From Cambodia to Myanmar, genocide scholars have their work cut out
Finding justice for the "crime of crimes" is an arduous and fickle affair. Genocide inevitably reaches from the corridors of power, where vested interests will do their best to mitigate culpability, to the traumatized lowest rungs of society.
With their leaders compromised, the authorities in Myanmar can not be trusted to independently administer justice or discover the truth behind the alleged genocide of the Rohingya any more than Pol Pot could be relied upon to account for atrocities committed by the Khmer Rouge.
Usually it is a military, foreign correspondents or aid workers who get in first and report. Outside help arrives and efforts to prosecute are internationalized. It’s tried and tested.
Nuremberg and Tokyo trials followed World War II. The United Nations has backed genocide trials in Rwanda, former Yugoslavia, Guatemala, Darfur and Cambodia and the International Criminal Court has been established to deal with current and future tragedies.
Friends of the dead
Gathering evidence and winning convictions has its roots in far off places.
Craig Etcheson was an impressionable 23-year-old dividing his time in California between rock concerts and PhD studies in mathematical models of war when Vietnam invaded Cambodia at the end of 1978 and lifted a veil on the true scale of carnage by the Khmer Rouge.
The deaths during three-and-a-half years of about two million people, a third of Cambodia's population, was something the young mathematician found incomprehensible. Etcheson researched, travelled to Cambodia and crawled through the mud and bones.
He became an investigator in the Office of the Co-Prosecutors at the Khmer Rouge tribunal and keeper of the coordinates; the secret locations of mass graves where thousands of men, women and children were battered to death, dumped and buried.
Forty years later, genocide convictions in Cambodia have been secured and Etcheson, a visiting scientist at Harvard's T.H. Chan School of Public Health, has written his 10th book, "Extraordinary Justice: Law, Politics, and the Khmer Rouge Tribunals."
"After you have seen hundreds and then thousands of mass graves you gradually find a certain kind of peace with the dead, and then eventually one forms a curious social alliance with them," Etcheson said.
"For me it's always been about the victims," he added. "For others it's about abstractions, establishing legal precedents and defining terms like genocide, instead of addressing issues 'like these were once actual living human beings'."
Scholars, genocide and the future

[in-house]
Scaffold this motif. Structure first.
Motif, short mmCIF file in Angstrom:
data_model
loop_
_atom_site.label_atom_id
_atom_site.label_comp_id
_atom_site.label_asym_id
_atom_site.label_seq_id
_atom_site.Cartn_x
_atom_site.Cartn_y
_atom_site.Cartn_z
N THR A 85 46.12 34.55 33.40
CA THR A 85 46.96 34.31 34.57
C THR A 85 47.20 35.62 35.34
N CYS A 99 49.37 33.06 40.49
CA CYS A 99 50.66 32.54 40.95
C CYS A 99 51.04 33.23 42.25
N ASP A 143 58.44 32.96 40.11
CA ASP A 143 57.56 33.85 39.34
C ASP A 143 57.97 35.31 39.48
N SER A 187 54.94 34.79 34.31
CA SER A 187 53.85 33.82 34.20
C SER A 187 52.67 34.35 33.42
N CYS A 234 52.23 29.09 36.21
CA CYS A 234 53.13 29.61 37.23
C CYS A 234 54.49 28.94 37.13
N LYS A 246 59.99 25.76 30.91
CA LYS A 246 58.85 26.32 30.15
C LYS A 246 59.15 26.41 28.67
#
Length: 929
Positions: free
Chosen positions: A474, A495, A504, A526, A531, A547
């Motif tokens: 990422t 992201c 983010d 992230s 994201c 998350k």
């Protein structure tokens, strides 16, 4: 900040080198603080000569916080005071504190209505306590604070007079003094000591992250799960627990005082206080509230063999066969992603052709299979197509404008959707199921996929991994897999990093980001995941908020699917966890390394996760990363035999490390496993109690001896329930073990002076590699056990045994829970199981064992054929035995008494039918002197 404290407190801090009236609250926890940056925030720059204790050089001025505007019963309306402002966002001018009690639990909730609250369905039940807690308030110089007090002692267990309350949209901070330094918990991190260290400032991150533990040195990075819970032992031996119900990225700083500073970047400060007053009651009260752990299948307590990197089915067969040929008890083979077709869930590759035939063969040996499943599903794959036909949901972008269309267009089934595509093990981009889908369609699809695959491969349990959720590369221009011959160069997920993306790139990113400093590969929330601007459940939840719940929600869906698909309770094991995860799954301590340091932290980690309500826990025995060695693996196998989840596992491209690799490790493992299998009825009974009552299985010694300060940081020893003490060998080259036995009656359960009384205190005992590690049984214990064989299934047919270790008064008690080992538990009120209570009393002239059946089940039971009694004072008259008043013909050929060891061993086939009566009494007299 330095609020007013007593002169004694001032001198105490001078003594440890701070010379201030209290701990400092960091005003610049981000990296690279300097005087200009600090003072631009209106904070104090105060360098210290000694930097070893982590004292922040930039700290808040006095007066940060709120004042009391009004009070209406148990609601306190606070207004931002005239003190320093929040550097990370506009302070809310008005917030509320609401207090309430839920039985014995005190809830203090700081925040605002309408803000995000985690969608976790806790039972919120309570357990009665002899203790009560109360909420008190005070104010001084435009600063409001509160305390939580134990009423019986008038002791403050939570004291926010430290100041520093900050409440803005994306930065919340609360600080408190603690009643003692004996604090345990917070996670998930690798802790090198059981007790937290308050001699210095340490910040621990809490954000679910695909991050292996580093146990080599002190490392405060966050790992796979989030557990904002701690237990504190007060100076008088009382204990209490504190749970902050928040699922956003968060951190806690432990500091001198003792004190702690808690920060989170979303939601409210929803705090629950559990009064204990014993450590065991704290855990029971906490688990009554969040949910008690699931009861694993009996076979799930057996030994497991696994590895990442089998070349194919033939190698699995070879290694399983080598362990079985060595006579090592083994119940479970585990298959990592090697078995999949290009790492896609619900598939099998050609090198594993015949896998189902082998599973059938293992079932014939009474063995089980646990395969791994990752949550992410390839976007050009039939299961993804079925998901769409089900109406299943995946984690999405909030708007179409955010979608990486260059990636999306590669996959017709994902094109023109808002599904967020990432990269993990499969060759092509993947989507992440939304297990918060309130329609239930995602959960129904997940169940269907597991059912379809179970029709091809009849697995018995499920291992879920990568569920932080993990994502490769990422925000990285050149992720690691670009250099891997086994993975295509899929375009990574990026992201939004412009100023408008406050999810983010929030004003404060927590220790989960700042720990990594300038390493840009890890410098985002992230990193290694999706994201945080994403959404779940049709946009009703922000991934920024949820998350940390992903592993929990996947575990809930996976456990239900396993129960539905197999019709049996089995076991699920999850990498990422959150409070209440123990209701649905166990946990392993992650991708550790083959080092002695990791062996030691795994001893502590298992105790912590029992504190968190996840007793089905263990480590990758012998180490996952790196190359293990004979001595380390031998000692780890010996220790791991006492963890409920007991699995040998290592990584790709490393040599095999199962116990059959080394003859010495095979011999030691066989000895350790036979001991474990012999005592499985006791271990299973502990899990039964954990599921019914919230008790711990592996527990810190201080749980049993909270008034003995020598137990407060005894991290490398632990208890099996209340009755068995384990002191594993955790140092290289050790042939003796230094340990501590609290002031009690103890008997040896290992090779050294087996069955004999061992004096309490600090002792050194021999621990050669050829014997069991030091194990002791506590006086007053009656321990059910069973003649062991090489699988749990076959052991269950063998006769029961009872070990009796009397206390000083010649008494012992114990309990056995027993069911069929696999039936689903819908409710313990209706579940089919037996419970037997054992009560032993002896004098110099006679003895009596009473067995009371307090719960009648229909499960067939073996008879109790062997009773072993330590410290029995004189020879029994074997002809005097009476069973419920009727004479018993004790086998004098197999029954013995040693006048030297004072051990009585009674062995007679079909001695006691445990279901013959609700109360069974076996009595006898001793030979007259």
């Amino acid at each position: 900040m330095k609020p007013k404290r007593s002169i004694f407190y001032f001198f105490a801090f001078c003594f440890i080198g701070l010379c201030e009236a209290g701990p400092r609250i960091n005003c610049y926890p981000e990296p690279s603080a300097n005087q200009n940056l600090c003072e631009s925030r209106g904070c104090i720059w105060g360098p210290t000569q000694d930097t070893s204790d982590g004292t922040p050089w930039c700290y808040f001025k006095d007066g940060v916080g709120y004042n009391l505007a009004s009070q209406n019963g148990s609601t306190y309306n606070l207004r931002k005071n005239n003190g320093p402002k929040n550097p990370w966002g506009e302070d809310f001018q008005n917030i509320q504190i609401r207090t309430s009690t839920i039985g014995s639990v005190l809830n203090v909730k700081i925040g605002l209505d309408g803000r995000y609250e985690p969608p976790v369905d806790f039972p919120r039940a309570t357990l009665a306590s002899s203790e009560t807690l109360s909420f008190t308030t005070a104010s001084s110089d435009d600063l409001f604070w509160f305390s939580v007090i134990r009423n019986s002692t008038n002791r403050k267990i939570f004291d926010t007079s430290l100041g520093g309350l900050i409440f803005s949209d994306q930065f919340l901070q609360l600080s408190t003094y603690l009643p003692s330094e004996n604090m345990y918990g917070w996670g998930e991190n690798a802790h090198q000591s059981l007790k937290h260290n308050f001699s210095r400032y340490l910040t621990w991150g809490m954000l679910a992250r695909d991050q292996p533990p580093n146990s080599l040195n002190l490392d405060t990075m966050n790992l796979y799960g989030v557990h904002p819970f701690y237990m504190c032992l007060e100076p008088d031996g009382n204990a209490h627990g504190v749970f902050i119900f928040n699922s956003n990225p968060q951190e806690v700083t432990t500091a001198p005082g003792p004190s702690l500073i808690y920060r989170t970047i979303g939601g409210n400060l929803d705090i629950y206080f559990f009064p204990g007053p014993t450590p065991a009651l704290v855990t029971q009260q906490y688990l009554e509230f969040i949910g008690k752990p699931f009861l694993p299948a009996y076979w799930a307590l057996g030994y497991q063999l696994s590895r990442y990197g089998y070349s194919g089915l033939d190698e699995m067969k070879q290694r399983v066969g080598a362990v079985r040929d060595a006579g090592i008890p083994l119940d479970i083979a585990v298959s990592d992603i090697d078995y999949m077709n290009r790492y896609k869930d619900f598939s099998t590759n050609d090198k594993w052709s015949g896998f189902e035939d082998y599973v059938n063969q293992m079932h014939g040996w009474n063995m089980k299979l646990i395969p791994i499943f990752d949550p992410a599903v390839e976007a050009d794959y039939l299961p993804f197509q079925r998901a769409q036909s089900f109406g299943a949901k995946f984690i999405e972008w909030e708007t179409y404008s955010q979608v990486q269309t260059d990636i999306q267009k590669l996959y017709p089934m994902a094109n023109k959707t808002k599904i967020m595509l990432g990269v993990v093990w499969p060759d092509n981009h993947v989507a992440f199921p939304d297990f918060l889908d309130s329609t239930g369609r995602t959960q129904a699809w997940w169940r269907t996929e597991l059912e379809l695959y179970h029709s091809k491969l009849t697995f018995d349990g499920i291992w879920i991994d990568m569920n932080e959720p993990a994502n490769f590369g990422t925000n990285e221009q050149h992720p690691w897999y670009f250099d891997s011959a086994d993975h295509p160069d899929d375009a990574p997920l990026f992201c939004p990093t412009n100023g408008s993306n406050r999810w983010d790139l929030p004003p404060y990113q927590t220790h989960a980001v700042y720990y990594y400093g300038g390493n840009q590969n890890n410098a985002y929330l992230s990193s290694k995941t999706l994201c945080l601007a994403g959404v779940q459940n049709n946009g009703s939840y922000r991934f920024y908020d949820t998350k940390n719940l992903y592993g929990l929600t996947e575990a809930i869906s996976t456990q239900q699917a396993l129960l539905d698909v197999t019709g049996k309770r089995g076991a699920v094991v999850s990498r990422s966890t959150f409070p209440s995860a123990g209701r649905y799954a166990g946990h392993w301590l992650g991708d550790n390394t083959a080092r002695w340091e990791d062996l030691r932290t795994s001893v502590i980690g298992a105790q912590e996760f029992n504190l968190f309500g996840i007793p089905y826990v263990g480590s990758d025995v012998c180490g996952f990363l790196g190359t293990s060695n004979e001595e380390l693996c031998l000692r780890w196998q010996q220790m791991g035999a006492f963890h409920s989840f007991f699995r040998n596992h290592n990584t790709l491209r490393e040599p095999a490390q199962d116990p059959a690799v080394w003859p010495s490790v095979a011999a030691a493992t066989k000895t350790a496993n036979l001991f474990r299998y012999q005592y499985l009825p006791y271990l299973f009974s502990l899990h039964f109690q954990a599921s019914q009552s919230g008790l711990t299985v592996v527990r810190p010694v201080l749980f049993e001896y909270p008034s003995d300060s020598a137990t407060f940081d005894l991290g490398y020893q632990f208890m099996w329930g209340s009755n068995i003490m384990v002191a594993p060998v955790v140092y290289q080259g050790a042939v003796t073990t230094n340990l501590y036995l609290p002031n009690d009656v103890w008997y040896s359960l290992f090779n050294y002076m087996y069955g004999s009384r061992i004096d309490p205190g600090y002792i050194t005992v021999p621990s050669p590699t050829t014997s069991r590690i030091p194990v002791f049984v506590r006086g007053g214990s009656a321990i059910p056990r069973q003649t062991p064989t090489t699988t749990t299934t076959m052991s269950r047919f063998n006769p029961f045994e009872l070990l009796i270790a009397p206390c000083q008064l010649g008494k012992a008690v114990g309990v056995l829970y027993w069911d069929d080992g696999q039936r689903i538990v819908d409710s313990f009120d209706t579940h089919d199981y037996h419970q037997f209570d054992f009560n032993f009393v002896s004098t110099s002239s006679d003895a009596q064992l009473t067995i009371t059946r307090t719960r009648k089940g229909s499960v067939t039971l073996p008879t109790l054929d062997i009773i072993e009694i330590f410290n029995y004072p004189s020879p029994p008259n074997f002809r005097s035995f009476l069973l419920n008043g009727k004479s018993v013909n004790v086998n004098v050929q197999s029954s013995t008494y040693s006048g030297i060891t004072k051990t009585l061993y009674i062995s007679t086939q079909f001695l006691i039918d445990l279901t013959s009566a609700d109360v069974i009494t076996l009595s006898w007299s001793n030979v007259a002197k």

Last week, Etcheson was among the academics at a prestigious conference held, in Asia for the first time, by the International Association of Genocide Scholars (IAGS).
He said the most impressive aspect of the Phnom Penh gathering was a large group of young Cambodian scholars who are now on the cutting-edge of genocide research.
"They have the language, cultural and technological skills necessary to correct previous errors in Cambodian genocide scholarship, to uncover new nuances in what happened under the Khmer Rouge, and to take research on the topic into new and very creative directions," Etcheson added.
It's been a long road for Cambodia. This country's social fabric was obliterated by the Khmer Rouge, a legacy which was not even on the school curriculum until the tribunal became a serious force to be reckoned with about a decade ago.
Thus, the IAGS conference was seen as another turning point in how Cambodia sees its past and deals with the devastating impact of genocide going forward. And there are wider implications.
"These young researchers are properly trained and proving themselves to be worthy successors to the first generation of foreign scholars of the Khmer Rouge... who could potentially make contributions to the study of other genocides," Etcheson said.
Shades of Cambodia in Myanmar
The alleged genocide of the Rohingya pales when compared with the atrocities committed by the Khmer Rouge, but in Myanmar there are shades of Cambodia where Pol Pot and his henchmen lived freely for decades amid Cold War politics and a civil war that did not end until 1998.
In Myanmar, Commander-in-Chief Min Aung Hlaing, Deputy Commander-in-Chief Soe Win, Brigadier General Than Oo and Brigadier General Aung Aung head the 'most wanted' by U.N.-backed investigators for the ethnic cleansing of more than 700,000 Rohingya Muslims.
The generals continue to do as they please, just like the Khmer Rouge leaders — Pol Pot, Nuon Chea, Khieu Samphan, Ieng Sary and Son Sen — once did.
But politics and societies do change. Of the Khmer Rouge leaders, three are serving life sentences. Others were murdered, saw out their last years behind bars or died under suspicious circumstances.
And justice does have a habit of catching-up. The fall from grace by the pro-democracy icon and Myanmar leader Aung San Suu Kyi, since the Rohingya crisis spiraled out of control in 2017, has been spectacular.
The United Nations has documented the genocide allegations as they once did in Cambodia. And recently the United States announced sanctions against all four Myanmar generals and their families.
Add to that a fresh generation of scholars who, like Etcheson, are capable of pursuing genocide allegations within an international legal framework, and the impunity enjoyed by the generals looks decidedly shaky.